To begin to understand how some of these questions might be answered, it makes sense to look at some high-level examples.

Future implications for corporate taxpayers

Today, corporations are typically measured annually for income tax purposes based on retroactive analysis of historical financials. Blockchain implementations in the future will be designed to record all revenue and expense transactions, as well as assets and liabilities, in real time. Theoretically, government software programs could calculate taxes owed and automatically deduct from a company bank account at transaction time.

In this universe, corporations would pay taxes far faster and, in concept, estimated tax payments could be eliminated. In addition, mistakes and fraud (again, in theory) could be eliminated. In this future, one could imagine that tax compliance administrators would evolve into blockchain technologists with tax knowledge.

Future implications for sales and use tax

Another example to consider might be the challenges associated with sales and use tax enforcement and collection. As readers will know, sales and use tax is paid to a governing body for sales of certain goods and services, and is levied on sales to the final end-user, i.e., charged every time an item is sold retail. Businesses that are registered for sales and use tax can also use a resale certificate for exemption from the tax when the merchandise being purchased is to be resold by the business.

In this example, blockchain technology could conceivably allow for two things: the automatic remittance of sales and use tax directly to the taxing authority, and the automatic invocation of resale certificates (complete with verified, blockchain-based corporate identity). In a future in which taxing authorities may be part of the blockchain network(s), one can readily see the efficiencies associated with this model, including confirmed authenticity of resale certificates, lower cost and confusion, and the elimination of tax avoidance or inappropriate taxation. Indeed, one of the most avidly researched solutions for blockchain technology currently is related to the immutability of blockchain-based identity, for both individuals and corporate entities.

Impact on audit and assurance

Finally, one of the more discernible impacts of blockchain technology for accountancy will be in the areas of audit and assurance. With an audit function designed to be "a systematic and independent examination of books, accounts, statutory records, documents, etc., ... of an organization to ascertain how far financial statements, as well as nonfinancial disclosures, present a true and fair view of the concern,"6 one can readily see where blockchain has an impact.

But, it is far too convenient to envisage a world where auditors, in their work to provide an opinion on the reasonableness and accuracy of a company's financial statements, are merely replaced with blockchain. The work involved is in many regards too important and often too involved. However, one can imagine a potential universe where multiple blockchains interact (an internal blockchain for the corporation and its divisions, an "audit firm" blockchain, banking and payments blockchains, customer blockchains, etc.).

In this regard, we begin to see the evolution of new interactions of data and value transfer.

If transactions are automatically guaranteed accurate and affirmed, will financial statement audits change to be an audit of blockchain, or an ecosystem of blockchains? Will forecasts and projections become even more complex, even in light of the efficiency and immutability afforded with blockchain technology? Research and effort is underway right now to not only define what these interactions look like, but also how the new works seamlessly with the old. The function of auditors is no less an important a part of this dialogue.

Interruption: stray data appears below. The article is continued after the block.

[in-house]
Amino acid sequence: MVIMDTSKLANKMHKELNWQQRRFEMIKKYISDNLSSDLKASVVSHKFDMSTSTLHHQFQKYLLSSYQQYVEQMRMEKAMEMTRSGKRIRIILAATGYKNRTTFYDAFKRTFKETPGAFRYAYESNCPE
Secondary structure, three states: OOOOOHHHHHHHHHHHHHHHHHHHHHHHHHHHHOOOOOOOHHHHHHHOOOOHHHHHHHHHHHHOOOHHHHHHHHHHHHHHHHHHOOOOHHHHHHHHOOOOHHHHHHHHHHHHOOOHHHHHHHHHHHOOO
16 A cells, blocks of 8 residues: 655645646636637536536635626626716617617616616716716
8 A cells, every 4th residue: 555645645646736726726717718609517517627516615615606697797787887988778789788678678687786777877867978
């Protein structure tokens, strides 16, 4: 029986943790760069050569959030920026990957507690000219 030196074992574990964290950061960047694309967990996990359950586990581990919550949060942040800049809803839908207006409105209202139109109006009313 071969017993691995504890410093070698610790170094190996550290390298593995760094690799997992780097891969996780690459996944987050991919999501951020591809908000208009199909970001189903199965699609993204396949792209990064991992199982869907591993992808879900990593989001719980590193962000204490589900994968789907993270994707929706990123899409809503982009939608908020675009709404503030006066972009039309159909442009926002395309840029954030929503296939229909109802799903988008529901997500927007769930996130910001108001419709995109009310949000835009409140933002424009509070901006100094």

Granted, these are all limited and arguably futuristic examples, which barely scratch the surface of the effort needed to leverage blockchain technology. In addition, none of this speaks to the integration and interoperability challenges posed to industries working with this technology. While significant research and prototypes are underway with protocols like Financial Product Markup Language (FpML), Extensible Business Reporting Language (xBRL) and many more, much study and work remains to be done.

What this means to you

No part of this article is meant to imply the elimination of tax experts, accountants or financial managers at all, although alarmists (and technologists) will often lead with questions about future roles for any industry. Articles with provocative headlines such as "Will Blockchain Render Accountants Irrelevant?",7 while thought-provoking, certainly do not aid the dialogue.

On the contrary, this author, and many others involved in financial markets, accounting and other relevant fields, believe that the innovations that are beginning to appear (blockchain, smart contracts, artificial intelligence and more) will undoubtedly require accountants, financial officers and others to pivot, adjust and evolve. This means they will need to learn not only new skill sets, but also showcase the ability to understand where their true value-add lies for their clients and their profession.

As has always been true for new innovations, from the advent of double-entry accounting to the birth of the internet, professionals will evolve to become valuable participants in a new future. The future in a blockchain world will be no exception.

Ron Quaranta possesses more than 25 years of experience in financial services, and currently serves as chairman of the board of the Wall Street Blockchain Alliance, a leading nonprofit trade association. You may reach him at ron@wsba.co.

1https://www.coindesk.com/bitcoin-venture-capital/

2https://www-forbes-com.cdn.ampproject.org/c/s/www.forbes.com/sites/laurashin/2017/07/17/how-to-invest-in-icos-10-practical-

\financial-tips/amp/

3https://www.ibc.org/tech-advances/what-blockchain-could-mean-for-media-and-entertainment/
2069.article

4https://en.wikipedia.org/wiki/Bitcoin

5https://assets.kpmg.com/content/dam/kpmg/pdf/2016/06/kpmg-blockchain-consensus-mechanism.pdf

6https://en.wikipedia.org/wiki/Audit

7 https://channels.theinnovationenterprise.com/articles/will-blockchain-render-accountants-irrelevant